A gentle invasion of Auke De Vries

The Holland born Auke de Vries is firm in his stance as to what the intention of art should be with regard to the public. He insists that art should complement the space it occupies. By this insistence he alludes to both the public’s mind as well as the actual space where art can be experienced. His work in particular is intended to be installed and viewed in public spaces especially the cities. He affirms that his art is not influenced by any artist in particular however he admires the work of Richard Serra.

I’ve had the opportunity of meeting the 73 year old in the district of the Cradle of Mankind at Nirox Foundation on 2 March while attending a writer’s workshop on Art Reporting: with him as a subject. The present jots are results of my impression of the artist.

Nirox Foundation is an expanse of nature reservation cum Sculpture garden. It is here that Auke is presently having 11 Sculptures entitled – A Gentle Invasion on show. The fact that these sculptures are inspired by birds nest is quite apparent to the viewer.

Surprisingly, contrary to the number of sculptures that the invitation purports to being on show – the body of work on show exceeds 11 if you take into consideration the work in the Cool Room exhibition space as well as in the Studio Gallery where there are what he calls proposal commissions which in essence are a cluster of miniature sculptures which one day may become huge gigantic sculptures in public spaces. On the walls there are preparatory drawings of these sculptures on show. Outside above a flowing river that feeds the ponds and lakes of Nirox a robust metropolis nest sculpture made out of stainless steel is suspended. And still outside there are several sculptures, about three meters high, across the green pathway that leads to the Studio Gallery.

Humorously, as we sat down in the studio gallery on that Tuesday afternoon to do my interview exercise, I noted an artwork, in the form of the motif of bird-nests, on exhibition that resembled a security camera. It was actually the second time that I saw this kind of sculpture. There was another one outside the studio gallery. I asked him whether I was off the mark in thinking that the artwork has any reference to a security camera.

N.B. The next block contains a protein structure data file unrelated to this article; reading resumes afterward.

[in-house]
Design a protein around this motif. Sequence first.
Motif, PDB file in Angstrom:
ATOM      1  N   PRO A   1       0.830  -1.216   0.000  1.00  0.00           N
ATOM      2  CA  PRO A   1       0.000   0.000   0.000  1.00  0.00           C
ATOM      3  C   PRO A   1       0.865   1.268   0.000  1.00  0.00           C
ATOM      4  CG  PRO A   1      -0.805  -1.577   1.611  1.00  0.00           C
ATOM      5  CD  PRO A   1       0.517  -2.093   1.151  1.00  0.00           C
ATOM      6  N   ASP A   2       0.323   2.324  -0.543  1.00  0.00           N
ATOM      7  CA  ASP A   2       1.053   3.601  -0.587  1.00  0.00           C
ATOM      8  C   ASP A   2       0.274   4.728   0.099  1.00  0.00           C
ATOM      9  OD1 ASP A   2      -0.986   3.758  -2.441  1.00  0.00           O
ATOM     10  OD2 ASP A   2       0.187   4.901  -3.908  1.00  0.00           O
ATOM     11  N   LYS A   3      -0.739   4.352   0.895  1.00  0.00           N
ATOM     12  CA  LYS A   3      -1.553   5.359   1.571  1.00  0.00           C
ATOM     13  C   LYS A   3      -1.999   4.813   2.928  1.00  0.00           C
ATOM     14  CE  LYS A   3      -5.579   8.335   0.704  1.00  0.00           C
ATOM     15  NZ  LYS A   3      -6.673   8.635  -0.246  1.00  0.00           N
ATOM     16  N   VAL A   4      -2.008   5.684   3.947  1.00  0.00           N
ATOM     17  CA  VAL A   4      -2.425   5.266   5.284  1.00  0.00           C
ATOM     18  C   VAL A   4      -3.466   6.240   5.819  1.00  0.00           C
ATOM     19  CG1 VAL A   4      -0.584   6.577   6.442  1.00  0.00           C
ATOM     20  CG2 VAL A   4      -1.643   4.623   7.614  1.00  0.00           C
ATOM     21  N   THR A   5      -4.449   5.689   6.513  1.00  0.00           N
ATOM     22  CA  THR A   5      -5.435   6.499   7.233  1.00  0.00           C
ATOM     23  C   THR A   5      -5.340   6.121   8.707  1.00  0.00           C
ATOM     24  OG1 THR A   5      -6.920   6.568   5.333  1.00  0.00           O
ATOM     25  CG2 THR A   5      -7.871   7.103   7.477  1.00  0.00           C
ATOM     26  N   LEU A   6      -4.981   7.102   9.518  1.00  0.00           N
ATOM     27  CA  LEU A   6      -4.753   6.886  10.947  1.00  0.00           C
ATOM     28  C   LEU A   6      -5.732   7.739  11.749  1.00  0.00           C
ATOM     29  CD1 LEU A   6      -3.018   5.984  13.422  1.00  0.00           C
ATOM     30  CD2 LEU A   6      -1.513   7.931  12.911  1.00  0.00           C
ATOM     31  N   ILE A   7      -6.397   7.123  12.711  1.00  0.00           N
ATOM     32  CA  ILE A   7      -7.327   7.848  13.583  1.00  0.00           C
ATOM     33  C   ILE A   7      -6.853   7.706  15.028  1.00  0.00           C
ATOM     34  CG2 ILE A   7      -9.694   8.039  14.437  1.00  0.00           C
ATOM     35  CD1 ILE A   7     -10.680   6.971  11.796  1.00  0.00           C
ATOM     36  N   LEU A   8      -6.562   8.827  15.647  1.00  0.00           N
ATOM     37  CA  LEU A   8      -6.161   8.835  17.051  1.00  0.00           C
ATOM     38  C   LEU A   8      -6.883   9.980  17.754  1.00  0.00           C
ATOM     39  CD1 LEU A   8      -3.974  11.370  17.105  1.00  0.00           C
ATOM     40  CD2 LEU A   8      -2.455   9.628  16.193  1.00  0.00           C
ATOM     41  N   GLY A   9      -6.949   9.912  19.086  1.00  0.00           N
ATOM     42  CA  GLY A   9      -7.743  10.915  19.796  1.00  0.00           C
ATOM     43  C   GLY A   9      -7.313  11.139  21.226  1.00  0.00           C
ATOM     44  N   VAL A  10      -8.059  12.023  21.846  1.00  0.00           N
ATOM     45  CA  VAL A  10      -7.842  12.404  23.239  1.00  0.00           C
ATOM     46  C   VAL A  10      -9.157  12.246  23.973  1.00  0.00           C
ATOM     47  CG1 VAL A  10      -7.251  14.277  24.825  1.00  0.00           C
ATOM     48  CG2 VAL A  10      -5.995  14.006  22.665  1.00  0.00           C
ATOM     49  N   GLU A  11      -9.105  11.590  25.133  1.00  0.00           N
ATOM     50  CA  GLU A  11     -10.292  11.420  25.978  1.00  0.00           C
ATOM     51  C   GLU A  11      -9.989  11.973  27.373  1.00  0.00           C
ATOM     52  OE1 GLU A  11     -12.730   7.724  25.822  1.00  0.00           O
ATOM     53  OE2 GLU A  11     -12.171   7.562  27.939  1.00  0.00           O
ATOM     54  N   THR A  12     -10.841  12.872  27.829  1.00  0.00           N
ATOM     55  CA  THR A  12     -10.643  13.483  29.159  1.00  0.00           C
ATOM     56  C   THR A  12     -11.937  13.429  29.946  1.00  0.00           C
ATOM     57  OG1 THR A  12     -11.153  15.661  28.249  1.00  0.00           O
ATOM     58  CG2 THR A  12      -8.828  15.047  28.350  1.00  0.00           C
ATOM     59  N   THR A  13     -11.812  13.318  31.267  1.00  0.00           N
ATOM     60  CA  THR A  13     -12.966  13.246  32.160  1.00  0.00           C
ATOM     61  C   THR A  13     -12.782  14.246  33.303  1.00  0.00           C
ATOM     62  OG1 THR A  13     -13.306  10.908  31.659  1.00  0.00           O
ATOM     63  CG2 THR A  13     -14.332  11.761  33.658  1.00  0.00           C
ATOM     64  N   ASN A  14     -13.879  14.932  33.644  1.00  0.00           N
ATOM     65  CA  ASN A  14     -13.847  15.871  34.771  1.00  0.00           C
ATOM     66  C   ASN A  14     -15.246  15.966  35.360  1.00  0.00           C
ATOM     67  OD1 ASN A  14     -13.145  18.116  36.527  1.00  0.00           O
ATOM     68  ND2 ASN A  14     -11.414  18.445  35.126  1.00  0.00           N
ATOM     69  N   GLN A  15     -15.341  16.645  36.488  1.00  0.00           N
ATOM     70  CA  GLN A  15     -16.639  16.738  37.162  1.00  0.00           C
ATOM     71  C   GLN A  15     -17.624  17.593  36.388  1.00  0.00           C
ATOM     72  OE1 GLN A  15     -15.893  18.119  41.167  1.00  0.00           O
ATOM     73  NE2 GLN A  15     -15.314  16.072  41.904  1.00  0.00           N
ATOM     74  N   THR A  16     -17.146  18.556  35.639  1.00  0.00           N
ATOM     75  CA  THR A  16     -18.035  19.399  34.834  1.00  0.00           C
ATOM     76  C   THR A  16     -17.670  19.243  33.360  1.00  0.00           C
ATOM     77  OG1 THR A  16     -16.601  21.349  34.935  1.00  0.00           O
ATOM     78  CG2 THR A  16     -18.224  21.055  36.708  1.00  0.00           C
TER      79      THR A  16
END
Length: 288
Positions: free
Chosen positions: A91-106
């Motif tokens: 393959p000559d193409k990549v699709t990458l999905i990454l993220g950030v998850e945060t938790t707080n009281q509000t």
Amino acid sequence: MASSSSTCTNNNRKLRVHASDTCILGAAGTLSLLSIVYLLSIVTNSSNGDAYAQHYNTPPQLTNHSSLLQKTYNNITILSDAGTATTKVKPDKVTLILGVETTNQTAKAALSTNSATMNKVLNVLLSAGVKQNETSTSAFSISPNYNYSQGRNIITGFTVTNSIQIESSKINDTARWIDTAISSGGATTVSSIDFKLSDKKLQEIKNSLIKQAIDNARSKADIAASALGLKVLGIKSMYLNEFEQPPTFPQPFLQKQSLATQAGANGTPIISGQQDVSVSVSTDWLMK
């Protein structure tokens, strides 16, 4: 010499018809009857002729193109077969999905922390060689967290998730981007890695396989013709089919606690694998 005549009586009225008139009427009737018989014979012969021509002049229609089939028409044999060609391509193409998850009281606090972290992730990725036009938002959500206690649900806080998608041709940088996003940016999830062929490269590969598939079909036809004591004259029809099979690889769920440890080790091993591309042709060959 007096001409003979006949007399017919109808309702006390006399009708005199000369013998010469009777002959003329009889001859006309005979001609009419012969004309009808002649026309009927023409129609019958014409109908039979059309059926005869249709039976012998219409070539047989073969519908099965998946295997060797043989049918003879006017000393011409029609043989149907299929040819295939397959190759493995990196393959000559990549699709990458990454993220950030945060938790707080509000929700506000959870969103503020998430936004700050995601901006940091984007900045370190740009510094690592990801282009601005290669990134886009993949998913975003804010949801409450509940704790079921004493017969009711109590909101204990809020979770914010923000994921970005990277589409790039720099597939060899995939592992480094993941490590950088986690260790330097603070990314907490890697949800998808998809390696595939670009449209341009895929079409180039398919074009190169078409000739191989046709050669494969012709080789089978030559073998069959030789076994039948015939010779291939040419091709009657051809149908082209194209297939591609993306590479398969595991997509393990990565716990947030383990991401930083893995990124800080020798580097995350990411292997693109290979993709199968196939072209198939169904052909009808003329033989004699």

‘Oh ya, with this work in particular I am paying homage to South African society by playing with issues of security. High security (security cameras) in South Africa was one thing that struck me the first time I came here’ he responded.

When I asked him whether there is still a demand of public art he points out that the demand is still there because the Cityscape is not complete without people and that public art is there to complements the interaction between the city dwellers and the city itself.

He points out that his art is inspired by the city itself. Ironically he was born in a rural area of Holland. When he was 16 years he hitched hiked to Paris and there began practicing art as a self-taught artist by making etchings. He constructed models from which he made his etchings and apparently someone at some point drew his attention to the fact that the small models could also be regarded as art – as sculpture. This sparked his fascination with three-dimensional form.

His birdlike colony sculptural form is actually a metaphorical reference to the form of the cityscape. He does not feel that titling the artworks is an important aspect of the work for the viewer inevitably brings their own meaning into the work of art, as such most of his work is untitled. By leaving the work untitled he sees this as an invitation to the viewer to participate in the creation of the meaning of the work. In the light of this, having done commissions in Germany, Amsterdam as well as Bangkok – he does not believe in holding public discussions of his commissioned work that occupies public spaces. However in a setting where he is having an exhibition, like the resent show at Nirox, he is open to do walkabouts and give talks of his work.

I ask whether he has ever done a collaboration work with another artist of artists working on the same piece. He is strongly opposed to the idea of corporations, organizations or cities giving commissions to two or more artists, who may not even work within the same concept or share concerns, one commission to work on.

He argues that the selection panel that is tasked with awarding the commission should choose one artist whom they think is the best to work on the commission. Each artist has their own unique concepts and concerns that they address creatively through their work.


Auke de Vries 11 Sculptures for S.A.- A Gentle Invasion runs until 2 MAY AT Nirox Foundation. Then 16 May – 1 July at Seippel Gallery, Arts on Main and comes to Tshwane/Pretoria 19 August – 26 September later this year at the Pretoria Art Museum.

14 March

© Mmutle Arthur Kgokong 2010